When you learn to facial massage, and repeat the treatment regularly, there’s no need to buy pricey anti-age serums and creams, or take the invasive step of plastic surgery, to look younger and healthier. A facial massage irons out fine lines and wrinkles, stimulates blood circulation and removes toxins, allows muscles to ‘slide’ back into place more easily after being tensed.
Below you can learn some facial massage techniques that smooth out facial lines and firm baggy skin, leaving you with a toned and silky complexion glowing with health and nourishment.
Reducing neck lines
Knuckling – Using your knuckles apply small circular movements all over the upper chest, shoulders and neck area, making sure you only work on tissue and not bones.
Fanning – Use your fingertips to lift upper chest and neck skin in fast repetitive movements upwards.
Kneading – Take upper chest, shoulders and neck (front and back) tissue between your thumb and fingers and lift tissue upwards with a kneading motion. Be careful not to pinch but take enough tissue with your fingertips to apply medium pressure.
Tightening saggy chins
Effleurage – Apply circular movements with your fingers from the shoulders and neck to the chin and over the nose to the forehead.
Kneading – Take the flesh between your thumb and fingers and knead with a slightly firmer pressure than for the neck. This is a high tension area so make sure you work quite deeply. With your thumb on top of the jaw and fingers at the bottom, move from the chin to the ears, where you apply slightly lighter pressure.
Prayer movement – With palms flat on either side of the chin, move your palms upwards over the nose to the forehead, dragging the fingers behind.
Zigzag – With fingers flat on the chin, rapidly and repeatedly move the hands together so that your fingers interlock.
Lifting – Cup hands round the chin, and slide and lift with one hand then the other, lifting the tissue of the cheek area with the back of your fingers.
Zigzag – With one hand on each cheek and all fingers flat, zigzag from left to right on the skin next to the mouth.
Circular moves – Using your fingertips trace small circles around the mouth, ensuring very light pressure on the skin covering the teeth. Then, dividing the cheek area into three, trace small circles with your fingertips around each area.
Pinching – Lightly pinch tissue in the cheek area between thumb and fingers, increasing blood circulation.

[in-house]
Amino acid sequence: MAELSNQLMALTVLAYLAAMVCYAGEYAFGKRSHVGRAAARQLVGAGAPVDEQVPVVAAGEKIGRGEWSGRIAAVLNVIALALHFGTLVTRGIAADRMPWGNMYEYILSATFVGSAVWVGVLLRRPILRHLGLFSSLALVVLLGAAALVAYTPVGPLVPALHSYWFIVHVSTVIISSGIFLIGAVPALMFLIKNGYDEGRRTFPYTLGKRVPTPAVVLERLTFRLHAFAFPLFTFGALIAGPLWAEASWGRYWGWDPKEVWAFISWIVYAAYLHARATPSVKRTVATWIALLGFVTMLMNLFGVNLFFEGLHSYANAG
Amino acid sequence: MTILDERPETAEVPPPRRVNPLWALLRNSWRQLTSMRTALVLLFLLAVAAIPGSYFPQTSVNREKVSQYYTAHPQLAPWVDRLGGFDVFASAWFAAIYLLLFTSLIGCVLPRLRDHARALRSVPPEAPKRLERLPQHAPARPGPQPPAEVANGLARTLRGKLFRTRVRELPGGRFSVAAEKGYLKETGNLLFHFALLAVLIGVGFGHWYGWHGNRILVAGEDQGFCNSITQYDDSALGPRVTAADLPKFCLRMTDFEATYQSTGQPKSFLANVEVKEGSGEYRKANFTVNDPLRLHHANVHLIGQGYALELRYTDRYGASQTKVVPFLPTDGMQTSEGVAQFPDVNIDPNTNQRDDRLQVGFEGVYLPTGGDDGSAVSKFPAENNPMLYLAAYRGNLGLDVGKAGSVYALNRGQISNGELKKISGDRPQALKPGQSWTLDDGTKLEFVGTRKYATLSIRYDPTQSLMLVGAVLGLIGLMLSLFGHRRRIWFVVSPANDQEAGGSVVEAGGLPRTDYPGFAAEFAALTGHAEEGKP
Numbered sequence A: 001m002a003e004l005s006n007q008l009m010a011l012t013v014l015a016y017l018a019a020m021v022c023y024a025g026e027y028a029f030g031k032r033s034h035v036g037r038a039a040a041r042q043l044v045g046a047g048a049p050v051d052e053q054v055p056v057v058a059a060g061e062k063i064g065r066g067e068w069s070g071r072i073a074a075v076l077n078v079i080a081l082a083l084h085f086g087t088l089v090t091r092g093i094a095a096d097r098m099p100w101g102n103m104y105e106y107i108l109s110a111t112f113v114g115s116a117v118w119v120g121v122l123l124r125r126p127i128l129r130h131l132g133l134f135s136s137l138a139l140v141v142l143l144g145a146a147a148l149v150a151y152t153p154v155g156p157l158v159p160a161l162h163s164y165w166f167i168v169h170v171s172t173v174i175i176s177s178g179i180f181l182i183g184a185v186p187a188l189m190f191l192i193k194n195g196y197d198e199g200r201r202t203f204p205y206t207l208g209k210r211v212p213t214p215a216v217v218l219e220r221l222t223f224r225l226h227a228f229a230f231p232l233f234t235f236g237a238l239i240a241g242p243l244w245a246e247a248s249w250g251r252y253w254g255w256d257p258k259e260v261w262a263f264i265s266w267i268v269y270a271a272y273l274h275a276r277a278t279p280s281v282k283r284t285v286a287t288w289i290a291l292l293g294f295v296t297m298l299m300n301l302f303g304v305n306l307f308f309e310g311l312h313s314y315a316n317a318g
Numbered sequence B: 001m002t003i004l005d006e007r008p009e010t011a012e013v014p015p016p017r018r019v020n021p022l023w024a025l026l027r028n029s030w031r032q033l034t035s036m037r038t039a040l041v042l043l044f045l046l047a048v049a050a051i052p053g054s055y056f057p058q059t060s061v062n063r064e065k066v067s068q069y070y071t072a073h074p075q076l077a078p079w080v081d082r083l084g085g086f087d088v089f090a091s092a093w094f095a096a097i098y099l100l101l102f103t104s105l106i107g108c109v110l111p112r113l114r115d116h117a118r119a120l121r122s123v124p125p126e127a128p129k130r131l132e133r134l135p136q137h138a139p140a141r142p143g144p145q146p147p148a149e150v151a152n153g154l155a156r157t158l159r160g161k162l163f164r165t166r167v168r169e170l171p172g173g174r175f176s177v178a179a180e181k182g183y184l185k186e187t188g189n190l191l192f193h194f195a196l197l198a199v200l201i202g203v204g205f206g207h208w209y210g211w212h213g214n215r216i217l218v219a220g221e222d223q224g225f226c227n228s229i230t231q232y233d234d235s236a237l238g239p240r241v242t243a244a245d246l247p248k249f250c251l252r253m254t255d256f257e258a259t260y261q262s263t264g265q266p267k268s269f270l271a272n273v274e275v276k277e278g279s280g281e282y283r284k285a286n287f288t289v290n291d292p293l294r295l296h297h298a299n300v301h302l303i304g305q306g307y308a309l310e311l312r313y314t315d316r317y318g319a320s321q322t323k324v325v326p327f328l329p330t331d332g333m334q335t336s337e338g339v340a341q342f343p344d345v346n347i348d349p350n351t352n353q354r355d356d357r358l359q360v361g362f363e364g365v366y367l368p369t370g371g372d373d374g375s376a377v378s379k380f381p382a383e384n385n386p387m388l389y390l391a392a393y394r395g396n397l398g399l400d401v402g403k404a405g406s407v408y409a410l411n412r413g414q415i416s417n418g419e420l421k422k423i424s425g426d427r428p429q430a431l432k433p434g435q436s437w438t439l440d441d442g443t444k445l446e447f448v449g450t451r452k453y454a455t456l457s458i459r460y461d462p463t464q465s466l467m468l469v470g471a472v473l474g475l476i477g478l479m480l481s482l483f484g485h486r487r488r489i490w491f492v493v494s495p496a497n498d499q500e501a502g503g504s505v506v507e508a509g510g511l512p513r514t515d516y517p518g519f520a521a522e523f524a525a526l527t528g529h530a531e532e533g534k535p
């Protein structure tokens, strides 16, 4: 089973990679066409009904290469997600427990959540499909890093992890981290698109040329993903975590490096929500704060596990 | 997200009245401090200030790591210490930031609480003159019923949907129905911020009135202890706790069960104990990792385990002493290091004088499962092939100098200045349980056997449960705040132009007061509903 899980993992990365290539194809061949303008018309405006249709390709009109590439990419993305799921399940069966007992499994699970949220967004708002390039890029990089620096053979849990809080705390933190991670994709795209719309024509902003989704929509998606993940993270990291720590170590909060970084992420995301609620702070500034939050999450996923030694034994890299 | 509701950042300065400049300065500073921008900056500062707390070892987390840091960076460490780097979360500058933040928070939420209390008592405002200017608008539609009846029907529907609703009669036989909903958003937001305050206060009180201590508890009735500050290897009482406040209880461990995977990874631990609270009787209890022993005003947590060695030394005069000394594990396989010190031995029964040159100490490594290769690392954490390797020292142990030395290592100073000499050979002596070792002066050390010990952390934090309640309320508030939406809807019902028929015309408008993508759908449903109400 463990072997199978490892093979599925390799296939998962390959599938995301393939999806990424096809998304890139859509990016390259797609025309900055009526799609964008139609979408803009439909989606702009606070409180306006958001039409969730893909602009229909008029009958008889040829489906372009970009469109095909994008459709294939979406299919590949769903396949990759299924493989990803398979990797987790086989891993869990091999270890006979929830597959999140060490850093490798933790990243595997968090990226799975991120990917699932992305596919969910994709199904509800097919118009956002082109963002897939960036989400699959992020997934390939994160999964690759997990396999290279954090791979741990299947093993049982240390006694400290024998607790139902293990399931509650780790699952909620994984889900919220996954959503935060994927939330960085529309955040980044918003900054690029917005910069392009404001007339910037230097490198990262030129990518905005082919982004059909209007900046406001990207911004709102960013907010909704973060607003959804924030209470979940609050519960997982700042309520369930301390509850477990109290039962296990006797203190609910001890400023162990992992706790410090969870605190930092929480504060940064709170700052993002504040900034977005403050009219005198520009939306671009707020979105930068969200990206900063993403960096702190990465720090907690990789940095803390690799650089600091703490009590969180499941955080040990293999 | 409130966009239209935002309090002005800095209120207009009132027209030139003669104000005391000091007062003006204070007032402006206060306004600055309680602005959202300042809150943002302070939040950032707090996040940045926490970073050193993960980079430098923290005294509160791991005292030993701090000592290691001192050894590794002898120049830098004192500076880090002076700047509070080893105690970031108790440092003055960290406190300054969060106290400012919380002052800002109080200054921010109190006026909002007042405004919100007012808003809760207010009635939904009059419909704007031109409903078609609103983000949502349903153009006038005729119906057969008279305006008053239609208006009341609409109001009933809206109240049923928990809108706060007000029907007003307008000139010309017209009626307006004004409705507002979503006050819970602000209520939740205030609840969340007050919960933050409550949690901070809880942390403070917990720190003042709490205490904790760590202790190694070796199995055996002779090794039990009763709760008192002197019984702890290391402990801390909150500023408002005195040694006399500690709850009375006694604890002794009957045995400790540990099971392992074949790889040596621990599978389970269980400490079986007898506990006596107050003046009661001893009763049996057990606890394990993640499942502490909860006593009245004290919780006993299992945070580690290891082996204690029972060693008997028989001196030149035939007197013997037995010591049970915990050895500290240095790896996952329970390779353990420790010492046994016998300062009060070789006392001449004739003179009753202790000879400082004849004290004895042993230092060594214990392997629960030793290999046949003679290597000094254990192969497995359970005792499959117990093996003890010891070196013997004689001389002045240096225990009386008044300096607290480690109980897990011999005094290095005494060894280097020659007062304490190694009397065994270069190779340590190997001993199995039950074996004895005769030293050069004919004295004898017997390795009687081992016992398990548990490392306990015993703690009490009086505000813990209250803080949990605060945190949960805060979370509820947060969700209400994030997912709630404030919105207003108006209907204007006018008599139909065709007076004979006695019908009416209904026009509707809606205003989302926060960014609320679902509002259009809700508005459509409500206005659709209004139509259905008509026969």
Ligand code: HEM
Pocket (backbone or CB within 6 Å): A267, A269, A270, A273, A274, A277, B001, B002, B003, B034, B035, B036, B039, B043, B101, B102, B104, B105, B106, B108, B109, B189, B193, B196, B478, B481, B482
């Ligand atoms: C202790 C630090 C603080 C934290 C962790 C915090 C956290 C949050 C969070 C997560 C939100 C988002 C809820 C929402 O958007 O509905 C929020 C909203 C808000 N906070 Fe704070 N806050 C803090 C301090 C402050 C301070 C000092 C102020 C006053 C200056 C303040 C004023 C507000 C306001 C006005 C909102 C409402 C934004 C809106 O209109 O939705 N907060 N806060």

Fast lifting – Cup hands round the bottom of the chin and lift upwards across the cheek to the ear with a very light and rapid movement.
Frown marks and lines around the eyes
Circular moves – Make large circles with your fingertips around the eye area from the top of the nose over the eyebrows and down under the eyes working inwards, applying very light pressure under each eye.
Kneading – On the eyebrows, take tissue between your thumbs and forefingers and make small kneading movements inwards.
Zigzag – Place a hand on each temple and with the back of your fingers flat in the eyebrow area, rapidly move each hand towards each other so that your fingers interlock between the eyebrows.
Forehead expression lines
Circular moves – Using your fingertips make small circles on the forehead using moderate pressure from inside outwards and ending in the temple area.
Friction – With the fingertips of two or three fingers make fast up and down movements on the forehead to increase blood circulation.
Zigzag – Place two fingers on one hand and one on the other hand against the forehead, and slide your fingers together so that the one finger fits between the two. Start rapidly and gradually slow down.
Maybe one of the best things about learning facial massage is that you can either use the techniques on someone else, who should be lying down on their backs, or adapt each move to apply it to yourself anytime you want to relax and feel better.
As well as rejuvenating the face through cell renewal and detoxification, facial massage can also help fight headaches and sinus pain, and can chase away anxiety, stress, depression and premenstrual tension. So when you learn to massage, you not only discover how to look younger but also feel better too.
Alison Peake is a writer and editor with many years' experience in consumer and trade publications, in particular, marketing, architectural and women's magazines, and local newspapers. More recently Alison has worked as a technical author and marketing writer in IT, science and life coaching.
Alison is also a partner at APD Internet Marketing, distributor of Learn To Massage, Full Body Massage, Luxury Facial Massage and Indian Head Massage instructional DVDs.